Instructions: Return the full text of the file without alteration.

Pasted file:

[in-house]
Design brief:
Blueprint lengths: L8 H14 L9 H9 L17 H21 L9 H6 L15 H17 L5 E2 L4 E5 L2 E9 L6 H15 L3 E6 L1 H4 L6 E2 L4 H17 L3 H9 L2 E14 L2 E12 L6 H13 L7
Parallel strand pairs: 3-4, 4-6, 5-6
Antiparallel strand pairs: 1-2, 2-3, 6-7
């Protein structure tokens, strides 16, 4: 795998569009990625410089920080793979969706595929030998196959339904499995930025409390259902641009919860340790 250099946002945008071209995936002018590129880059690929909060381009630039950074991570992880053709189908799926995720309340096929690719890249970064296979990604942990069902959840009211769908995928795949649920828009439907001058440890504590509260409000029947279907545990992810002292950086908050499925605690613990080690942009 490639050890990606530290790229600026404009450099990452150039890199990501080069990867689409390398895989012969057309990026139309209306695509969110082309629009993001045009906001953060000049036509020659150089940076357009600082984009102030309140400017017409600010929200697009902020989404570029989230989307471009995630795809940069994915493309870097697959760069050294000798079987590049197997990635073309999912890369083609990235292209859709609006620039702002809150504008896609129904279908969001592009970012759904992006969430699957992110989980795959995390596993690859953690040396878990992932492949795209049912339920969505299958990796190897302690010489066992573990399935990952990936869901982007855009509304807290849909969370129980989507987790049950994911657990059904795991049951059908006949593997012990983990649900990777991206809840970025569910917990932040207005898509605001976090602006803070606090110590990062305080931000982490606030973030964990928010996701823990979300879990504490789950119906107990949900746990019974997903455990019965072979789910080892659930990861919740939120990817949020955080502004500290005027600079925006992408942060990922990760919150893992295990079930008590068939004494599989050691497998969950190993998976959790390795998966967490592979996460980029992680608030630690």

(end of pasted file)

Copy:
[in-house]
Design brief:
Blueprint lengths: L8 H14 L9 H9 L17 H21 L9 H6 L15 H17 L5 E2 L4 E5 L2 E9 L6 H15 L3 E6 L1 H4 L6 E2 L4 H17 L3 H9 L2 E14 L2 E12 L6 H13 L7
Parallel strand pairs: 3-4, 4-6, 5-6
Antiparallel strand pairs: 1-2, 2-3, 6-7
């Protein structure tokens, strides 16, 4: 795998569009990625410089920080793979969706595929030998196959339904499995930025409390259902641009919860340790 250099946002945008071209995936002018590129880059690929909060381009630039950074991570992880053709189908799926995720309340096929690719890249970064296979990604942990069902959840009211769908995928795949649920828009439907001058440890504590509260409000029947279907545990992810002292950086908050499925605690613990080690942009 490639050890990606530290790229600026404009450099990452150039890199990501080069990867689409390398895989012969057309990026139309209306695509969110082309629009993001045009906001953060000049036509020659150089940076357009600082984009102030309140400017017409600010929200697009902020989404570029989230989307471009995630795809940069994915493309870097697959760069050294000798079987590049197997990635073309999912890369083609990235292209859709609006620039702002809150504008896609129904279908969001592009970012759904992006969430699957992110989980795959995390596993690859953690040396878990992932492949795209049912339920969505299958990796190897302690010489066992573990399935990952990936869901982007855009509304807290849909969370129980989507987790049950994911657990059904795991049951059908006949593997012990983990649900990777991206809840970025569910917990932040207005898509605001976090602006803070606090110590990062305080931000982490606030973030964990928010996701823990979300879990504490789950119906107990949900746990019974997903455990019965072979789910080892659930990861919740939120990817949020955080502004500290005027600079925006992408942060990922990760919150893992295990079930008590068939004494599989050691497998969950190993998976959790390795998966967490592979996460980029992680608030630690």